Alex Rocco, mobster Moe Greene in ‘The Godfather,’ dies at 79

19 Jul 2015 | Author: | No comments yet »

Alex Rocco, Mobster Moe Greene in ‘The Godfather,’ Dies at 79.

The Emmy-winning character actor, who excelled at playing sleazy characters, also starred in ‘The Stunt Man’ and on ‘The Simpsons,’ ‘The Facts of Life’ and ‘Magic City.’ Alex Rocco, the veteran tough-guy character actor with the gravelly voice best known for playing mobster and Las Vegas casino owner Moe Greene in The Godfather, has died.

Born Alexander Federico Petricone in Cambridge, Massachusetts, Rocco moved to Los Angeles to pursue acting, taking classes with Leonard Nimoy (who taught him how to drop his heavy Boston accent) before making his film debut with a small part in 1965’s Motorpsycho. Rest in peace, ‘Pops.’ Love and miss you madly.” Rocco starred as a white Detroit detective who is reluctantly paired with a black detective (Hari Rhodes) in Arthur Marks’ Detroit 9000 (1973) and voiced an ant in A Bug’s Life (1998). “That was my greatest prize ever in life, because I did about eight lines as an ant, and I think I made over a million dollars,” he said in a 2012 interview.

Rocco won an Emmy Award in 1990 for best supporting actor in a comedy for playing sneaky Hollywood talent agent Al Floss on the short-lived CBS series The Famous Teddy Z, starring Jon Cryer. I mean that literally.” “When I got the part, I went in to Francis Ford Coppola, and in those days, the word was, ‘Read [Mazio Puzo’s] book,’ which I already did, and then the actor would suggest to him which part they would like. I wouldn’t know how to play a Jew.’ And he goes, ‘Oh, shut up.’ [Laughs.] He says, ‘The Italians do this,’ and he punches his fingers up. ‘And the Jews do this,’ and his hand’s extended, the palm flat.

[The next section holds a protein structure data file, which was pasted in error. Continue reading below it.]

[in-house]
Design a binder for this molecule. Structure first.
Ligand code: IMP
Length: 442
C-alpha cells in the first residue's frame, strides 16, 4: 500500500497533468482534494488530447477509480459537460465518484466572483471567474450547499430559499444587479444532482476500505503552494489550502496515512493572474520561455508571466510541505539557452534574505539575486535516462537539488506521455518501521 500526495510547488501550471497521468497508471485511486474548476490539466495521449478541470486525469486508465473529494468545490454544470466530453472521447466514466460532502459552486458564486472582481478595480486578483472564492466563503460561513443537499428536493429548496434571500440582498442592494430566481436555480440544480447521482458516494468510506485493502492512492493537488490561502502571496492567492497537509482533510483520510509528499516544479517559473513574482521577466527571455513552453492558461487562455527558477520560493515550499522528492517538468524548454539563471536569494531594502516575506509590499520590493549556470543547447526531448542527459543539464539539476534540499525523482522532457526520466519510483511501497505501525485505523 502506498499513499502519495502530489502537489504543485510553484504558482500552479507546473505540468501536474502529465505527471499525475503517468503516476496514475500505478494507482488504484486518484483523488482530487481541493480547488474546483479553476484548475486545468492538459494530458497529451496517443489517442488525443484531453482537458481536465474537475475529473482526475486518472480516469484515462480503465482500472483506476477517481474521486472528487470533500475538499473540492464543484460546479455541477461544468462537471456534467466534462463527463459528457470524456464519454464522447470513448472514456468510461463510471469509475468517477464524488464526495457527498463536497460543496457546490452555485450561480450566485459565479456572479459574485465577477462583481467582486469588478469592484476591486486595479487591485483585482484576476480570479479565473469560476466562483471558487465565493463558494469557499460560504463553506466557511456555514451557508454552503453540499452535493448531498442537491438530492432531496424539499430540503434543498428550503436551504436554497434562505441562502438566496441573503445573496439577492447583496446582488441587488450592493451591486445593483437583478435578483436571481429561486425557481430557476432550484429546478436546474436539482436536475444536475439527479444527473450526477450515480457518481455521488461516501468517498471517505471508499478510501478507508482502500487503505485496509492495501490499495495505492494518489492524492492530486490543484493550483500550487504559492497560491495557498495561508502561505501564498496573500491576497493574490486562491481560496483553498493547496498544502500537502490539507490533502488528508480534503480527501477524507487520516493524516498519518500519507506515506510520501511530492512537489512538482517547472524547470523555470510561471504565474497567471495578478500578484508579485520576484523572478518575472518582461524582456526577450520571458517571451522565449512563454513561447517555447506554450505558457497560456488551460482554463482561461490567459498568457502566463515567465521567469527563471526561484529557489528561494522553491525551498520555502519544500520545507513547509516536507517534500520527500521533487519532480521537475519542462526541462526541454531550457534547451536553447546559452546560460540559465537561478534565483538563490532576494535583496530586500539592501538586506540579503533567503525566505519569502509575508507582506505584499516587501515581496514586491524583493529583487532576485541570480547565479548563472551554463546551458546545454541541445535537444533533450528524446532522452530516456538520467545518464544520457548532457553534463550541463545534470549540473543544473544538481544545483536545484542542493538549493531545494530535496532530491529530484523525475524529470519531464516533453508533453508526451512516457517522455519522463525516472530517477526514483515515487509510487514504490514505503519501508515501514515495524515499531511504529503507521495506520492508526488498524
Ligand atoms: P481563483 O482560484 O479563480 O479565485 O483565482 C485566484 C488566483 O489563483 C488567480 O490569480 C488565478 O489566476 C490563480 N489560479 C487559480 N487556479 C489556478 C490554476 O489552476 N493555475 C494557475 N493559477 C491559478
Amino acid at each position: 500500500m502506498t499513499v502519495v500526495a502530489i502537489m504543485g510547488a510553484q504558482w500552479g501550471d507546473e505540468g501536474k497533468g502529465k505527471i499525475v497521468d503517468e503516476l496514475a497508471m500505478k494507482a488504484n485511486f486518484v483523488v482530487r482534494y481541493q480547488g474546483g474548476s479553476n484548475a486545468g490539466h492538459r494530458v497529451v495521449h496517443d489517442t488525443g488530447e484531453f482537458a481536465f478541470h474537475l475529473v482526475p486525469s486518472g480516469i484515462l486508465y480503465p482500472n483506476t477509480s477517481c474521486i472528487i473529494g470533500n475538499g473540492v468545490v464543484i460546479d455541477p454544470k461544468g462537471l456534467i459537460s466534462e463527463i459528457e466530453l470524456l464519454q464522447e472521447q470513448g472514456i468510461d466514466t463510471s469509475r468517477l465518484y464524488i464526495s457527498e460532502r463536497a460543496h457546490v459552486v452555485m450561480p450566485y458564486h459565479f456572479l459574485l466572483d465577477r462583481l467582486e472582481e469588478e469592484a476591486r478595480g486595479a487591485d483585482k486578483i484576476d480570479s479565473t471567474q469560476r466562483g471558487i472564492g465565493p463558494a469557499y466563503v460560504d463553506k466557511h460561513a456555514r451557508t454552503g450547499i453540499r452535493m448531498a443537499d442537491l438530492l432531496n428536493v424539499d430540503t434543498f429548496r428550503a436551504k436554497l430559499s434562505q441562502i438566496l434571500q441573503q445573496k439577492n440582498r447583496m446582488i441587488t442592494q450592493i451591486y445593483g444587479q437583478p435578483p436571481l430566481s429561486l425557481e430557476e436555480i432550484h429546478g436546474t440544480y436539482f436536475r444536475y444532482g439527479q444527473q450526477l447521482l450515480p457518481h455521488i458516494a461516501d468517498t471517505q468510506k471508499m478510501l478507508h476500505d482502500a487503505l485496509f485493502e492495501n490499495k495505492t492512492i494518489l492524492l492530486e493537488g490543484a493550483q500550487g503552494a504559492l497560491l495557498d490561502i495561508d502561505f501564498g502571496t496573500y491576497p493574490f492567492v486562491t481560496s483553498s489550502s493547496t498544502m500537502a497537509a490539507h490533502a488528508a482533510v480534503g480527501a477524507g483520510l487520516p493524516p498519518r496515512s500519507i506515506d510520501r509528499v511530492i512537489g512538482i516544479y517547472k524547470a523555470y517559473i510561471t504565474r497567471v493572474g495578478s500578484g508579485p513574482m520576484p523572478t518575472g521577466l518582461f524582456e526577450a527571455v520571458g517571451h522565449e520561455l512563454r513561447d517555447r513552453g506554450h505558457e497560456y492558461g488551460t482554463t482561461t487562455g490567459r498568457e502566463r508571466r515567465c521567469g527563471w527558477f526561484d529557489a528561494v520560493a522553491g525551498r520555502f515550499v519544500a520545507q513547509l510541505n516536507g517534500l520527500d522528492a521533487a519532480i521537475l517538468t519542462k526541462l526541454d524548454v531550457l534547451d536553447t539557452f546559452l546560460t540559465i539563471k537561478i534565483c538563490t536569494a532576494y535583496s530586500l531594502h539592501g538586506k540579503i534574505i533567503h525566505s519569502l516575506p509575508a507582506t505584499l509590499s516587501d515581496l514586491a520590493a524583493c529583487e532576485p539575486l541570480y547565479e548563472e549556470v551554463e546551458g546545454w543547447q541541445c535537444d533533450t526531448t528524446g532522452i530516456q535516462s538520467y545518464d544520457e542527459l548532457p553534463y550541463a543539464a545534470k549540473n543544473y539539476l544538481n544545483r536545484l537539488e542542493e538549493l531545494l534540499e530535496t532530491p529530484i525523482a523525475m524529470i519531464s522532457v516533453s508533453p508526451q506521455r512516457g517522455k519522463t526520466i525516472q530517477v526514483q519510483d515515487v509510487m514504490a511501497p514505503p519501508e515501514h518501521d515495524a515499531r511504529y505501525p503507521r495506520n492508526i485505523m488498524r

I’ve been playing Jews ever since.” “And people on the golf course will say, ‘Hey, Alex, would you call my dad and leave a line from The Godfather?’ I say, ‘OK. “I buy you out, you don’t buy me out!” “He was bangin’ cocktail waitresses two at a time …” “Don’t you know who I am?” ’ [Laughs.] But I enjoy doing it. He came to L.A. in the early 1960s and made his movie debut in Motorpsycho! (1965), directed by Russ Meyer, and he was a henchman on Batman in 1967 in the episodes in which the Dynamic Duo meet up with the Green Hornet and Kato (the chief villain was Roger C.

My wife will give me a back hander.” Rocco worked frequently with Alan Arkin, being paired with him on such films as Freebie and the Bean (1974), Hearts of the West (1975), Rafferty and the Gold Dust Twins (1975) and Fire Sale (1977).

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